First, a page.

Kevin Drum wonders today why traffic from the United States to Canada has dropped suddenly. I can't give a global response, just two recent examples.
A young US couple with two children can't get back into the United States because an immigration official finds a birth certificate somehow lacking. This was before the requirements were increased to passports.
A woman brings her niece and nephews (total: three young children) back to the US from Mexico because of a serious injury to their father while on vacation. A number of her friends put together backup plans up to notifying the congressional delegation if she runs into trouble with immigration. Fortunately, there is no problem.
I have to admit that I am less enthusiastic than I once was about travel, particularly outside the US, because of the TSA and immigration hassles that might or might not take place. I've been terrorized once by TSA and lost a Swiss Army knife to them, although, to their credit, they didn't put me on the terrorist list. Yet.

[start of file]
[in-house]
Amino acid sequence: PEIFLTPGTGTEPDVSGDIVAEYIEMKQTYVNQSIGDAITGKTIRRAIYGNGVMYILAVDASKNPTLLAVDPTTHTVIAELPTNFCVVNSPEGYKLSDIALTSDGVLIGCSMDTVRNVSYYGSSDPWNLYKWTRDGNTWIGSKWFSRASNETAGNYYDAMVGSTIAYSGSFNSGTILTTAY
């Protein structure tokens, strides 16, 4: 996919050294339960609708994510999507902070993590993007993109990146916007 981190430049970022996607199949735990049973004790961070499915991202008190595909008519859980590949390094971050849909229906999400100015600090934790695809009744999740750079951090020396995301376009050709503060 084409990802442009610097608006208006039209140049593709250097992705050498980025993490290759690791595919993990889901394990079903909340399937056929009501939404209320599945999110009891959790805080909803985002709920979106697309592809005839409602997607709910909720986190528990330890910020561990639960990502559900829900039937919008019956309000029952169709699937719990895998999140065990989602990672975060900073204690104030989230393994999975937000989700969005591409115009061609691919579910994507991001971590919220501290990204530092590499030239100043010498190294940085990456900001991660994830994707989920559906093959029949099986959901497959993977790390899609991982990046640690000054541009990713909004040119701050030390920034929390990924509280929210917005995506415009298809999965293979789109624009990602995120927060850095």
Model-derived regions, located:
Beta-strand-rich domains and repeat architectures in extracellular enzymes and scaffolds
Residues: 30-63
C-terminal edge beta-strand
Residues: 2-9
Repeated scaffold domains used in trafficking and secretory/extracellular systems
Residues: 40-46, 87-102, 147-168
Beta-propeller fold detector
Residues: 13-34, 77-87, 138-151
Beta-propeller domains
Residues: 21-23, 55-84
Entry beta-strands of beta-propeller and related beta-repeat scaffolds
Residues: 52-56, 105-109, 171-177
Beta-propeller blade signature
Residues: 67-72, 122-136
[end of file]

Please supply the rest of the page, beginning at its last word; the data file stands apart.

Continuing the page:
The United States has always had more intimidating entry procedures than other countries. Now we've extended that unpleasantness to our next-door neighbors.
As we all hear stories like these, from trusted friends and relatives, we all become more apprehensive, less trusting of our own government, more afraid of what it might do to us.